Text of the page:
...mIRC uses Unicode, in which the first 255 characters are the same as those in ISO-8859-1.
No! Still wrong!
The first 128 characters of the Unicode character set (which correspond directly to the ASCII) use a single octet with the same binary value as in ASCII.
That is UTF-8—which is not quite the same thing as Unicode. UTF-8 is a particular method of encoding Unicode for 8-bit transports (e.g. IRC). In Unicode the first 256 codepoints (0-255) correspond to ISO-8859-1. UTF-8 uses byte-values in the 128-255 range for encoded characters; therefore bytes in this range will never correspond to the values of the encoded characters—destroying the codepoint/byte-value relationship for the range.
...it might be because mirc recognize an invalid sequence of utf-8 and then don't decode it.
Why would it decode UTF-8? It probably turns it into UTF-16 for internal use, but I wouldn't call that decoding.
I would—but not to UTF-anything. AFAIK, internally, mIRC 7 is straight UCS-2 (raw 16-bit text). UTF-16 would only be useful for handling 24 and 32 bit characters, which mIRC doesn't yet seem to support; though it's possible that i'm wrong, and it is UCS-4 internally, and just doesn't support it fully in scripts (e.g. $chr(),$asc()).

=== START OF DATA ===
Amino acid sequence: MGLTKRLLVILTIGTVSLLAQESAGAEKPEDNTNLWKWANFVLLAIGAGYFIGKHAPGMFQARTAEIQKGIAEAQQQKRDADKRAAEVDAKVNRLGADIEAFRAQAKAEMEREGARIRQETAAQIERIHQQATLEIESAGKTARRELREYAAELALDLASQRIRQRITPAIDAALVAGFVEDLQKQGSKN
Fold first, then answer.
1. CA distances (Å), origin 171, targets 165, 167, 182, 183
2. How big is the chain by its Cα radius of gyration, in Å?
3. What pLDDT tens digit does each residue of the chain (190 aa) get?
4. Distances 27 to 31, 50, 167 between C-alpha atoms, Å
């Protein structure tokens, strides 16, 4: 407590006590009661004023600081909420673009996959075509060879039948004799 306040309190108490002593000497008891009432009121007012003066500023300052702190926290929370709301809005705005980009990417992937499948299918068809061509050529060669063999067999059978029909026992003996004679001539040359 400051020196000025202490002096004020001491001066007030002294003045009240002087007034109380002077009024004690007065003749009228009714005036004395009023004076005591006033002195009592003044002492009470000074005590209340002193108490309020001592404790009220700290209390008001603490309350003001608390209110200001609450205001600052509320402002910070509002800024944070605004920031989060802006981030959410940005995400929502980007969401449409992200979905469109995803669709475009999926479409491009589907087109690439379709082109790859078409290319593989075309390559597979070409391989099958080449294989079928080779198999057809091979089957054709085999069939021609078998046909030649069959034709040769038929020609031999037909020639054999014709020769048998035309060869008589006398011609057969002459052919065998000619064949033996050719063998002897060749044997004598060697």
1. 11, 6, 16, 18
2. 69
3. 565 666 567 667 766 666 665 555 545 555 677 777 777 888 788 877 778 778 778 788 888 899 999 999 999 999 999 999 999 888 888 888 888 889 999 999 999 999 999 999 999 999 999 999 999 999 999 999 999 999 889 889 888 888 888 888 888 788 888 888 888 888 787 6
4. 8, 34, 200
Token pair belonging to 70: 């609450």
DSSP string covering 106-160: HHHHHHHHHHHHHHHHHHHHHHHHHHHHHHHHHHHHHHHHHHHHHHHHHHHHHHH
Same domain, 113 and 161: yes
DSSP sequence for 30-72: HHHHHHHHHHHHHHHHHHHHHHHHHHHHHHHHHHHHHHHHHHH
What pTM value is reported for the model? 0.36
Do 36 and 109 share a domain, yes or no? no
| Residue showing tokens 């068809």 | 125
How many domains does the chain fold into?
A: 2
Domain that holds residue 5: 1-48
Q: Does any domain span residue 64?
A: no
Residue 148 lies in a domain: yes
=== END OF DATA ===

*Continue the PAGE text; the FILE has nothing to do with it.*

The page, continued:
As for decoding, my experience is that mIRC 6 (in UTF-8-decode mode) handles UTF-8 decoding errors by rendering the entire line as 8-bit text in the system's default codepage—Not a bad fallback for IRC, where there is still a lot of non-UTF-8 floating about.
mIRC 7.08 [yeah i need to up to the release] seems to favour UTF-8—only falling back to 8-bit if there is nothing
on the line that looks like UTF-8. This causes non-UTF-8 text on a line that mIRC thinks is UTF-8 to get mangled (as you both correctly surmised). I feel that the 6.35 behaviour makes more sense for the current IRC landscape.
If both users are using mIRC 7, there should be no problem with messages. But messages from other users, or channel-names (or anything else) that contain 8-bit (or 16-bit) non-UTF-8 text, but include something that looks like a UTF-8 encoded character, will get mangled. :\
Not exactly a bug; but inferior to the mIRC 6 behaviour, IMHO.